CAPITOL HILL: The Pentagon considers the present moment “a pivot point as far as the changing character of war,” Chairman of the Joint Chiefs Gen. Mark Milley said today. His civilian boss added that any plans to address that remain very much a work in progress.
As Breaking D readers know, the Joint Staff is working through a draft of a new Joint Warfighting Concept to guide how all of the branches of the armed forces will train, equip, and fight against modern adversaries, a plan that will underpin all other decisions in the department about how to continue to modernize.
The Pentagon faces constraints as its budget, while huge, is essentially flat this year and may be so for several years. That is going to make money and policy battles are the sharper since the pie is effectively getting smaller.
Defense Secretary Mark Esper and Milley were repeatedly hammered for agreeing to the White House’s demand to take $3.8 billion from the 2020 defense account — much of it for the National Guard and weapons — and move it to the president’s border wall.
Several members warned they were prepared to pull the department’s ability to move money internally.
The committee’s top Republican, Rep. Mac Thornberry, slammed the move, saying it is “substituting the judgement of the administration for the judgement of Congress. He added he is “deeply concerned about where we’re headed with the constitutional issue.”
Rep. Elissa Slotkin, a former Pentagon official and CIA analyst, warned Esper that while “it kills me” to consider taking those abilities away, “you leave us no choice but to look at what we can do to constrain your reprogramming authority… You’ve put us in a situation where, to uphold our constitutional oath and the separation of powers, we have to exert our authority, and I’m sorry to say that.”
On Tuesday, a senior defense official, speaking with reporters at the Pentagon to preview Esper’s testimony, didn’t appear to anticipate the lawmakers’ concern. “I don’t think we’ll lose that ability. We certainly, you know, will acknowledge that we made some members pretty unhappy about the process, there’s no question about that. But in the end they know that reprograms are a necessity.”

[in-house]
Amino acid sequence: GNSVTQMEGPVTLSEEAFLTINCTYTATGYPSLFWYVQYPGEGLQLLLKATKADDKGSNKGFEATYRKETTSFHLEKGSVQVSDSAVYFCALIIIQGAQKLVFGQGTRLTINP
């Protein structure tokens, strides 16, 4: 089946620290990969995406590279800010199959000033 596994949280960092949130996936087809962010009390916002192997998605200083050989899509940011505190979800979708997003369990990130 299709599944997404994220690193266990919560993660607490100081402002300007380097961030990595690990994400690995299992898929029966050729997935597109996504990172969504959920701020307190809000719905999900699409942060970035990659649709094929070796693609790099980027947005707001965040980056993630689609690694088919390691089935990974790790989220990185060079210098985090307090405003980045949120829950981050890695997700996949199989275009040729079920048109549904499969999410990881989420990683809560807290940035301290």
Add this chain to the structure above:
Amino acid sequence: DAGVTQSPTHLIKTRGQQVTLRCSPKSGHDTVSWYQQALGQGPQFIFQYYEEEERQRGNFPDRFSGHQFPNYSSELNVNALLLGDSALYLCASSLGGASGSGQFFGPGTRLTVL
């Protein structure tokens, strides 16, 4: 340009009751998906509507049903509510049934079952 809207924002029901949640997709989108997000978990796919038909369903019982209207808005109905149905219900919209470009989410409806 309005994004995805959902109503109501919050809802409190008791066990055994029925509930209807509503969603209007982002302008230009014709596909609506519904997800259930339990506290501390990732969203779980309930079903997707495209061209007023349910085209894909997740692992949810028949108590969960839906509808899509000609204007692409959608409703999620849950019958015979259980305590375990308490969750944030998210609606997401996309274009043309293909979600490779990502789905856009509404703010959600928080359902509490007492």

Democrats, as expected, broadly condemned the wall transfer. No other Republican joined Thornberry, a respected defense and intelligence lawmaker who is retiring in November. Republican Trent Kelly, who made sure to let the room know he supports the president’s border policies, did say he would have preferred if Congress had been consulted on the issue beforehand.
But the area where Esper took the most heat was the Navy shipbuilding plans and the lack of a 30-year shipbuilding plan which is legally required to be submitted to Congress with the fiscal 2021 budget request.
Esper said he hasn’t seen the Navy’s 30-year plan yet, but suggested it’s tied up with a key force structure plan he blocked the Navy from releasing earlier this week. It’s unclear what flaw Esper found in the Integrated Force Structure Assessment, or INFSA, which was initially due in January, but his remarks today indicated he’s tasked the Navy with a major relook.
Underpinning the plan is an assumption that the Navy’s “Optimized Fleet Response Plan ” — its five year-old method for training, manning, and deploying its ships on a 36-month cycle — works. The service has struggled with OFRP. Instead of smoothing things out, the service has faced delays at shipyards, curtailed training availability due to constant and often extended deployments, and manning shortages. Esper wants it fixed.
“An assumption in the INFSA is that the OFRP works,” Esper asserted. “The OFRP hasn’t worked for years, so why should we assume it will work in the future?”
That damming assessment of the Navy’s work shows just how far behind the Navy is in wrapping up its force structure assessment, and may signal trouble for its modernization effort overall. To fix things, Esper put Deputy Defense Secretary David Norquist in charge of a “war game and analysis process” to scrutinize the Navy’s plan. That seems to indicate any result is months away.
“Two things we don’t have right now is an approved [operation] plan, a war plan, from which to baseline,” he said. “We should have that in a few months. The other one is going to take time. It’s going to be the new joint force doctrine,” that Milley is working on.
The Navy Department’s failure to submit the 30-year shipbuilding plan, which is due with the defense budget every four years, rankled lawmakers far more. Esper said he hadn’t seen it yet, and would submit it “once I’ve had a chance to review it and digest it and follow up on it.”
That wasn’t the answer Rep. John Garamendi was looking for. “You are heading for a major brawl with this committee,” he bluntly told Esper. “The law is quite clear. When you submit your budget, you are to submit the shipbuilding plan and for you to say you’re going to give it to us on your own good time, and when you’re ready, you are not in line with the law.”
Rep. Joe Courtney, chairman of the House Armed Services sub-committee for seapower and projection forces, added “this is not sort of a feel-good law. It’s because Congress needs headlights to see where you’re going because of the fact that shipbuilding is such a long game. ”
The confusion and frustration coming from the committee today will probably grow sharper tomorrow, when acting Navy Secretary Thomas Modly, Navy chief Adm. Michael Gilday, and Marine Corps Commandant Gen. David Berger appears to explain what is happening with their once-touted modernization plans.
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